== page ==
A new report by UCL and Arup reveals that UK city authorities spend an average of £23 million a year each on IT, which is 6% of their total expenditure.
The study, ‘Delivering the Smart City’, released today was produced on behalf of the Smart City Expo World Congress. It analyses the spending patterns of eight major UK cities to gain an understanding of how much money cities are paying for technology, as well as considering whether this expenditure is ‘smart’.
The research, carried out with an open data research consultancy, Spend Network, reviewed the eight city authorities’ IT spending habits over the last three years and found that they are almost double the amount the utility (3.6%) and transportation (3.6%) sectors are spending, and are comparable to the amount spent by the financial services sector.
The Square Mile (courtesy of Michael Garnett on Flickr)
Financial services typically have significant IT governance structures in place and IT leaders (Chief Information Officers and Chief Technology Officers) who are directly responsible for aligning IT with business needs. The report found that UK city authorities do not tend to have comparable governance structures in place to join up investments across different city siloes, meaning that despite significant investment, they may not be reaping the benefits they should.
Dr Ellie Cosgrave, Research Associate at UCL Science, Technology, Engineering, and Public Policy (STEaPP) in Engineering Sciences, said: “Our research shows that cities are comparatively ahead of the curve in viewing IT as an essential part of their annual expenditure. Although this is very positive, we also see that cities aren’t benefitting fully from their existing investments in smart technology and could improve this through more strategic oversight. This can be achieved by sharing innovative ideas and lessons learnt within and between cities, and by creating governance structures that enable efficient cross-department working.”
“Our research shows that cities are comparatively ahead of the curve in viewing IT as an essential part of their annual expenditure. Although this is very positive, we also see that cities aren’t benefitting fully from their existing investments in smart technology and could improve this through more strategic oversight.”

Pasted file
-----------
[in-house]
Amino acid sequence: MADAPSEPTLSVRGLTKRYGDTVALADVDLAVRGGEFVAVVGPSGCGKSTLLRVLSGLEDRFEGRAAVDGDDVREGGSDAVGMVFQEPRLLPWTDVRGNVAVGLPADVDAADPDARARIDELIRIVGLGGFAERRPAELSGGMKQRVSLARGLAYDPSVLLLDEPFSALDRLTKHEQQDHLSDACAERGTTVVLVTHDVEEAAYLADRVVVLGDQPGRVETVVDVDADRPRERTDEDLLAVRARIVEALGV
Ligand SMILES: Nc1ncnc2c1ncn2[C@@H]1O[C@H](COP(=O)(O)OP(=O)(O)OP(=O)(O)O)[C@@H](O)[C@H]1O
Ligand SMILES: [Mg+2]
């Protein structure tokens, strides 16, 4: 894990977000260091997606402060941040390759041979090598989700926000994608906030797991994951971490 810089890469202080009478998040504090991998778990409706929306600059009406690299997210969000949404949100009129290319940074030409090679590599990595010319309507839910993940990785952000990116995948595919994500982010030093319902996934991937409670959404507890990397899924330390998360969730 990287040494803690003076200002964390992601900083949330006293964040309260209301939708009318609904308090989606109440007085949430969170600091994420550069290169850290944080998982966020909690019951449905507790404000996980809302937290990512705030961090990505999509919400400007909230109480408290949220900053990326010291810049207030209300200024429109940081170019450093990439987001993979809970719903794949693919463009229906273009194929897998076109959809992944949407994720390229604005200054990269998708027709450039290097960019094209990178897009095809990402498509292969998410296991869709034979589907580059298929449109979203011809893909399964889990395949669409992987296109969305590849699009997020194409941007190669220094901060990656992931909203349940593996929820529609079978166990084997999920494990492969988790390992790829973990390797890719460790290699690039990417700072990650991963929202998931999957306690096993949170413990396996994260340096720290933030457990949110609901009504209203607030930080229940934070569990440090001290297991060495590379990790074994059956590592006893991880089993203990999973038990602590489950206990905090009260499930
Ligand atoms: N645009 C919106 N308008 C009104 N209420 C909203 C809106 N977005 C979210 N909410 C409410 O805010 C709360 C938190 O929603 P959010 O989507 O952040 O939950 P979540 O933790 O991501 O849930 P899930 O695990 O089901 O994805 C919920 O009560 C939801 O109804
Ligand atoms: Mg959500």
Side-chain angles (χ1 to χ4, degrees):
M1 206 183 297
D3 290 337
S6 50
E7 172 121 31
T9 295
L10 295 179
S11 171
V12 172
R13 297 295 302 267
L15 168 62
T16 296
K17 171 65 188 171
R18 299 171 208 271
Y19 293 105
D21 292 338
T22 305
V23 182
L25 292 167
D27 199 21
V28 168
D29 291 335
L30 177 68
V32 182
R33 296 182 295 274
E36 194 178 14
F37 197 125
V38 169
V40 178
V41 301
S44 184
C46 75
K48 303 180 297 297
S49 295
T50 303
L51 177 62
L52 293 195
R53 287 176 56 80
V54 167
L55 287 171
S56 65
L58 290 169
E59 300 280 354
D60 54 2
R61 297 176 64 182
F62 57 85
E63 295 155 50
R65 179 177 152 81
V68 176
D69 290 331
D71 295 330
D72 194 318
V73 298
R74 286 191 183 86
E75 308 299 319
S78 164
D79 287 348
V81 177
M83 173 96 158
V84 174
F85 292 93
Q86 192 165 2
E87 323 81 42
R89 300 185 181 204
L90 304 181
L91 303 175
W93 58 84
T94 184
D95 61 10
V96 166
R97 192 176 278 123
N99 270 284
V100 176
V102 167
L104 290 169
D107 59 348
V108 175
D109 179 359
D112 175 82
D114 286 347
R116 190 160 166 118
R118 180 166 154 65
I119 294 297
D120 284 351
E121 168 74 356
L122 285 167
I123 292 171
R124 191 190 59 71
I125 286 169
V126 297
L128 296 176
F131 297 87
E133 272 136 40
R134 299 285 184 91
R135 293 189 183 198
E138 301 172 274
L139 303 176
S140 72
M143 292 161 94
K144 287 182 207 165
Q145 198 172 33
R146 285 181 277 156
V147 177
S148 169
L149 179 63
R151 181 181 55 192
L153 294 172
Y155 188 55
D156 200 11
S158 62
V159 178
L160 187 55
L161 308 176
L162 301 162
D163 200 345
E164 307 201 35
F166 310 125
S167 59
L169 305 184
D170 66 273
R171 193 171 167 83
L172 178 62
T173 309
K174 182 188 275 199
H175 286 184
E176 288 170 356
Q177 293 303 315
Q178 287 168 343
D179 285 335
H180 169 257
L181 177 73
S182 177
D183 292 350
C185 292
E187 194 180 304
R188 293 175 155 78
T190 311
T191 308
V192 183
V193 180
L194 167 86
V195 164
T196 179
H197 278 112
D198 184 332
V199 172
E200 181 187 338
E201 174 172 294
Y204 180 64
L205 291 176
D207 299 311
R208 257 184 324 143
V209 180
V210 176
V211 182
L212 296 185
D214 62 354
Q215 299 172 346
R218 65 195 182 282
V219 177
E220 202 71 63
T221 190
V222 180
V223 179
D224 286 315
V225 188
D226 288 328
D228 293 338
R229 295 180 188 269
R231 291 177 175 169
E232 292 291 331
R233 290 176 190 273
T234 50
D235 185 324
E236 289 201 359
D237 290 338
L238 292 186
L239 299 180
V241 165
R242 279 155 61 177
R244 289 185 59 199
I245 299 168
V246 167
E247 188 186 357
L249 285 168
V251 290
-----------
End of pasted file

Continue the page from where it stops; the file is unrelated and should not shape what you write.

Dr Ellie Cosgrave
Lean Doody, Smart Cities Lead Consultant at Arup, said: “Smart technology does not need to be a new cost item on the balance sheets of city governments. Rather than adding to the city’s existing technology expenditure, smart technology can enable cities to get more value from their IT investment. Cities do not need to start from scratch to realise the opportunity of smart.”
The report also explores a further eight global cities, including Rio, Barcelona and London, to assess the challenges faced by city governments. The report takes learning from these case studies to outline seven principles for smart city investment that provide city authorities with key indicators on how to successfully spend, monitor and manage their technology to create more liveable cities.
Lean Doody added: “Smart city initiatives need to be about more than creating a few apps or a city information portal, but the techno-utopian ideal often portrayed is an unrealistic view of what we can, and need, to achieve. Cities need to be interconnected and information rich and IT is the enabler of this. City authorities need to approach investment in smart technologies and IT strategically and tie that investment to the long term vision of their cities.”